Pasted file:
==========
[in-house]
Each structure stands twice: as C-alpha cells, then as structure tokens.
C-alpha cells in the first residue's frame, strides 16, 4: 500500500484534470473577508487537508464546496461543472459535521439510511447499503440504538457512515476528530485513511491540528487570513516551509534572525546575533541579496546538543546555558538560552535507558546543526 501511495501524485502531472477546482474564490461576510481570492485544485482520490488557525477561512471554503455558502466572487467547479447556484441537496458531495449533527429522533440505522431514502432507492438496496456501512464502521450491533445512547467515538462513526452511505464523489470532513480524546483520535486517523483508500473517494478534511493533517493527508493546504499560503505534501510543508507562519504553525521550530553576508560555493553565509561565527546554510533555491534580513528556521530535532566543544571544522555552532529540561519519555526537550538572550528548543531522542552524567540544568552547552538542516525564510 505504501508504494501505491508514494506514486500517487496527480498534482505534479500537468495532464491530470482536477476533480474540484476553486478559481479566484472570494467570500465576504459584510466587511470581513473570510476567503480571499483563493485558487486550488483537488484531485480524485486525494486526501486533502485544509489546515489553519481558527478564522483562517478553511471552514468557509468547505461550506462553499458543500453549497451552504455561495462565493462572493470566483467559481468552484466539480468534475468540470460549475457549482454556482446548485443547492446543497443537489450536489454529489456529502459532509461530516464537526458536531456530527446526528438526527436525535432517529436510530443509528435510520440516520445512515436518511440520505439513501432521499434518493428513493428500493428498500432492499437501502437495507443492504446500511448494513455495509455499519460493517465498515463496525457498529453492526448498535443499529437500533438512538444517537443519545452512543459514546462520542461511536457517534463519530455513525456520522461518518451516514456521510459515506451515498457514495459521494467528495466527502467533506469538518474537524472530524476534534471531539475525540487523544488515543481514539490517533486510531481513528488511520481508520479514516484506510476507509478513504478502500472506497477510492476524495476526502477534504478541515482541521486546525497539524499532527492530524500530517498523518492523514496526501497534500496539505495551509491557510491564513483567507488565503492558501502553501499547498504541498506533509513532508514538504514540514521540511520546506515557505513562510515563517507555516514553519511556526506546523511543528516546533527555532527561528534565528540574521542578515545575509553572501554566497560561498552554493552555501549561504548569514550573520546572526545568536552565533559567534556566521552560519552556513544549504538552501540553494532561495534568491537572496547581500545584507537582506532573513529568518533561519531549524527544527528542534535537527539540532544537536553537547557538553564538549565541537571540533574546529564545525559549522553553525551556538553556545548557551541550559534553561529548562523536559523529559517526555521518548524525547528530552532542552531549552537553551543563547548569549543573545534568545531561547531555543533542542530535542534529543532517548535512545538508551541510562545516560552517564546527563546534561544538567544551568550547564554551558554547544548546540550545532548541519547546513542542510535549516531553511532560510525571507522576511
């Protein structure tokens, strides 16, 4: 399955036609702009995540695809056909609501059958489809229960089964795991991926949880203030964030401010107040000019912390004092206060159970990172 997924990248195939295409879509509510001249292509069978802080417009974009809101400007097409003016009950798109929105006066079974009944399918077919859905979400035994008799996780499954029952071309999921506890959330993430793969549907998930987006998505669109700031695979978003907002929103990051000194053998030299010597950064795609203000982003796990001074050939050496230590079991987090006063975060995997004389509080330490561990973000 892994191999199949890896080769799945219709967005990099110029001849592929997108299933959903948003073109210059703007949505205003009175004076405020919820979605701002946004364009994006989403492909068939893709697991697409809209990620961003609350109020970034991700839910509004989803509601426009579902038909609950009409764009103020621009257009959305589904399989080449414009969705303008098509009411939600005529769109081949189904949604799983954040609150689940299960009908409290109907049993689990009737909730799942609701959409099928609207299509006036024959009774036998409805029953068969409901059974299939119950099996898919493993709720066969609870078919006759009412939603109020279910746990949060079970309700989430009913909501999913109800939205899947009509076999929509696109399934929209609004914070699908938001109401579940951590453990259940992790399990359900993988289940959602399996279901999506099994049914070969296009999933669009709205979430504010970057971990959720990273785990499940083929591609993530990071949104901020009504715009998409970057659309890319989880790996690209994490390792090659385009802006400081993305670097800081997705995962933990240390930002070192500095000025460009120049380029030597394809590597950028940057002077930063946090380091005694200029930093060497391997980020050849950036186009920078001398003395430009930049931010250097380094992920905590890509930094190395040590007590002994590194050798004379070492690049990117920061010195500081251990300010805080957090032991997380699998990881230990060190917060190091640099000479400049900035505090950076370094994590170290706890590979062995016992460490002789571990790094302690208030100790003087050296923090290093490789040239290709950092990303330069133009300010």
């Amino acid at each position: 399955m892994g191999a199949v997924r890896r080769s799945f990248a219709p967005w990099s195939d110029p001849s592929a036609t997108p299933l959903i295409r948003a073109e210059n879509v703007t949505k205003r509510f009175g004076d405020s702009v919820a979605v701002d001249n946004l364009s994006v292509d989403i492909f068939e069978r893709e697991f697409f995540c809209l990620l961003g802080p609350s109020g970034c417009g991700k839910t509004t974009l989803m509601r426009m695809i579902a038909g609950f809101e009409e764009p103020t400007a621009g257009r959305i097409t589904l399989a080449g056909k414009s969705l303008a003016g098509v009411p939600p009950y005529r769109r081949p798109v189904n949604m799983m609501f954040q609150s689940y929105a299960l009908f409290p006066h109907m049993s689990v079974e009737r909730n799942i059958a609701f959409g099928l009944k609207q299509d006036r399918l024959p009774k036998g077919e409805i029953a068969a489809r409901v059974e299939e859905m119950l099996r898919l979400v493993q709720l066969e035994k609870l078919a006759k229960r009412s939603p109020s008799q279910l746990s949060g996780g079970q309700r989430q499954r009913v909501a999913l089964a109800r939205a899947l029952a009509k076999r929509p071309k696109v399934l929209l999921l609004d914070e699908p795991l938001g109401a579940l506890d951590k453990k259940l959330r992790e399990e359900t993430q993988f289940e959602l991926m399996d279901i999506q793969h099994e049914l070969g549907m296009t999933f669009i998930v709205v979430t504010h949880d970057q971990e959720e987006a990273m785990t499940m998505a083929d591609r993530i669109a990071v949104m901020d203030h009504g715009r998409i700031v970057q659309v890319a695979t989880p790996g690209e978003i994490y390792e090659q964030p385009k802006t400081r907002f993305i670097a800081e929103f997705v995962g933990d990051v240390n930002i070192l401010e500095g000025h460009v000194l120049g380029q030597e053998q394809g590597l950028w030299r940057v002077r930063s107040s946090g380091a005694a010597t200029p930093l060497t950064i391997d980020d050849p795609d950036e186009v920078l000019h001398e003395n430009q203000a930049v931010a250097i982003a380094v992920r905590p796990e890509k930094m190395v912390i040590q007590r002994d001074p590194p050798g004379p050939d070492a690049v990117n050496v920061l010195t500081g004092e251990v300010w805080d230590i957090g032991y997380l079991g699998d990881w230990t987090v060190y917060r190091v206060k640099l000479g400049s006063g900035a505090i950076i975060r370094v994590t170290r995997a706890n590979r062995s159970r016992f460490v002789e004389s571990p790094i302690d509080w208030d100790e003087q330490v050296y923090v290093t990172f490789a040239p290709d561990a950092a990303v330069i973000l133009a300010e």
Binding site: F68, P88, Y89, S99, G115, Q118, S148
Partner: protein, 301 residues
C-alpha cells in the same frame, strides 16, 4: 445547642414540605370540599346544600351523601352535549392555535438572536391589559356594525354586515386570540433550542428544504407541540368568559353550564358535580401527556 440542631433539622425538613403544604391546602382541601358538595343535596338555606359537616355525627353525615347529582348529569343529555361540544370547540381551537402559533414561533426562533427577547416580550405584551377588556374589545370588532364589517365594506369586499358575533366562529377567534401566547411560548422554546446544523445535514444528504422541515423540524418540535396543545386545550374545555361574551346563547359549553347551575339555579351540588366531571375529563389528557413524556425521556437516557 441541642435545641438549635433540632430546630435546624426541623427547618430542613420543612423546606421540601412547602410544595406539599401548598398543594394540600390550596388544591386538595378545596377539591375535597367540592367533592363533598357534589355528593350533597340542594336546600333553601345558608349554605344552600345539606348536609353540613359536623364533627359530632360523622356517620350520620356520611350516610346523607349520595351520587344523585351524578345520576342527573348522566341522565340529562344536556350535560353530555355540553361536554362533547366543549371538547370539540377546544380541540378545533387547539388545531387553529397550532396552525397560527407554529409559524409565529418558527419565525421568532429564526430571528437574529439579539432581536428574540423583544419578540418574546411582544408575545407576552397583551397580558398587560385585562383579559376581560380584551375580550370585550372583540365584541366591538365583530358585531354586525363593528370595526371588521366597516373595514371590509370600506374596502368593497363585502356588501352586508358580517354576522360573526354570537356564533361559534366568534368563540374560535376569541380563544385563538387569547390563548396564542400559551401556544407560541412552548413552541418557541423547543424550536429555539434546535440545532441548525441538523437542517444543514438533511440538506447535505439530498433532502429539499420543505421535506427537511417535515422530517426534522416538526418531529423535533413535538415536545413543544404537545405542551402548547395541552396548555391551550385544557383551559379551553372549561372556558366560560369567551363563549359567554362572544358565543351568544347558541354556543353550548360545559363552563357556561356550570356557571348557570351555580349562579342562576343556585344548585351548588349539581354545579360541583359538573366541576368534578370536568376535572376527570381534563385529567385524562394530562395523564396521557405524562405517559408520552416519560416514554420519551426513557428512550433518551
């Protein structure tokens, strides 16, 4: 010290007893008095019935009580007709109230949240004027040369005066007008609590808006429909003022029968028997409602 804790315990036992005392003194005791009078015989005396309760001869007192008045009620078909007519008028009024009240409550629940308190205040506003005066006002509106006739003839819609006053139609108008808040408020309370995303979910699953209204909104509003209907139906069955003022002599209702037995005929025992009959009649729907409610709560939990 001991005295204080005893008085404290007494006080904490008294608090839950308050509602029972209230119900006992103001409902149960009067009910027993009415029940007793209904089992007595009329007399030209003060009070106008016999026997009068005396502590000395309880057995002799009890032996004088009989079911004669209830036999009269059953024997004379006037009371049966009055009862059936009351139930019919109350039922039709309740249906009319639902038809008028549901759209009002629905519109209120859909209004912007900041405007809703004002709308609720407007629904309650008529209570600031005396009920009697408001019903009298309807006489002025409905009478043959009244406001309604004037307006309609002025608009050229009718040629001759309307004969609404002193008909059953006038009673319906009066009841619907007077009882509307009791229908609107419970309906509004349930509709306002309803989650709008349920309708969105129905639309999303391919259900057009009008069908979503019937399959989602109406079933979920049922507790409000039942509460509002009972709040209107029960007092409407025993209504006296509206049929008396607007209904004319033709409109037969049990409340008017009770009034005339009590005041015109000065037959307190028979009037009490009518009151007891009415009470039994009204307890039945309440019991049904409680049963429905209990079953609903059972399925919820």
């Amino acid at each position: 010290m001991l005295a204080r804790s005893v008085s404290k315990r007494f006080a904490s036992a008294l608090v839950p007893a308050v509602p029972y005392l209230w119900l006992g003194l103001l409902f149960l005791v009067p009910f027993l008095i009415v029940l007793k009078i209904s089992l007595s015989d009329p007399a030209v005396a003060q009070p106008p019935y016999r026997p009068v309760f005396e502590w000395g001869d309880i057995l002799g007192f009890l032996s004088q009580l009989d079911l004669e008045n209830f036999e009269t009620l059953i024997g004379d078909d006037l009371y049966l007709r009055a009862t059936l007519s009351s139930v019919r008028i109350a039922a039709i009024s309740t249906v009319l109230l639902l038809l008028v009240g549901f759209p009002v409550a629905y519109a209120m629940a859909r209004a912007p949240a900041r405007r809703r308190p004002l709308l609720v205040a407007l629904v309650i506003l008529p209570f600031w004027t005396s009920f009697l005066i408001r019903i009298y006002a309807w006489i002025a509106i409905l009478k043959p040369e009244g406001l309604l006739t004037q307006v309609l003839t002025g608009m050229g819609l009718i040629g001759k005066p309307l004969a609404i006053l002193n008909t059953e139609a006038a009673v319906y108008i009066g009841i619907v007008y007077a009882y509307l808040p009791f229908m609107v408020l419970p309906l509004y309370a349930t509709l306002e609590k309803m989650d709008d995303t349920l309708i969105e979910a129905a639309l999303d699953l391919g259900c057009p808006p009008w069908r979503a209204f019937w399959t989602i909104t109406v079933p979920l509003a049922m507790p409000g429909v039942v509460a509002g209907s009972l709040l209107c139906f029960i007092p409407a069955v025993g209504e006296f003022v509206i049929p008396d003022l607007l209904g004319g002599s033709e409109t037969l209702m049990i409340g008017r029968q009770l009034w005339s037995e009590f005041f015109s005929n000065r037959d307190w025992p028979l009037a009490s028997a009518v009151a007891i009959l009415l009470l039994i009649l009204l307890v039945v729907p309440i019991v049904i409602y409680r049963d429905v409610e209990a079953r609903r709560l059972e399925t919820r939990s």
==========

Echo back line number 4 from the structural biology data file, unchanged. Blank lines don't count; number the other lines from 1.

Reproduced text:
């Protein structure tokens, strides 16, 4: 399955036609702009995540695809056909609501059958489809229960089964795991991926949880203030964030401010107040000019912390004092206060159970990172 997924990248195939295409879509509510001249292509069978802080417009974009809101400007097409003016009950798109929105006066079974009944399918077919859905979400035994008799996780499954029952071309999921506890959330993430793969549907998930987006998505669109700031695979978003907002929103990051000194053998030299010597950064795609203000982003796990001074050939050496230590079991987090006063975060995997004389509080330490561990973000 892994191999199949890896080769799945219709967005990099110029001849592929997108299933959903948003073109210059703007949505205003009175004076405020919820979605701002946004364009994006989403492909068939893709697991697409809209990620961003609350109020970034991700839910509004989803509601426009579902038909609950009409764009103020621009257009959305589904399989080449414009969705303008098509009411939600005529769109081949189904949604799983954040609150689940299960009908409290109907049993689990009737909730799942609701959409099928609207299509006036024959009774036998409805029953068969409901059974299939119950099996898919493993709720066969609870078919006759009412939603109020279910746990949060079970309700989430009913909501999913109800939205899947009509076999929509696109399934929209609004914070699908938001109401579940951590453990259940992790399990359900993988289940959602399996279901999506099994049914070969296009999933669009709205979430504010970057971990959720990273785990499940083929591609993530990071949104901020009504715009998409970057659309890319989880790996690209994490390792090659385009802006400081993305670097800081997705995962933990240390930002070192500095000025460009120049380029030597394809590597950028940057002077930063946090380091005694200029930093060497391997980020050849950036186009920078001398003395430009930049931010250097380094992920905590890509930094190395040590007590002994590194050798004379070492690049990117920061010195500081251990300010805080957090032991997380699998990881230990060190917060190091640099000479400049900035505090950076370094994590170290706890590979062995016992460490002789571990790094302690208030100790003087050296923090290093490789040239290709950092990303330069133009300010």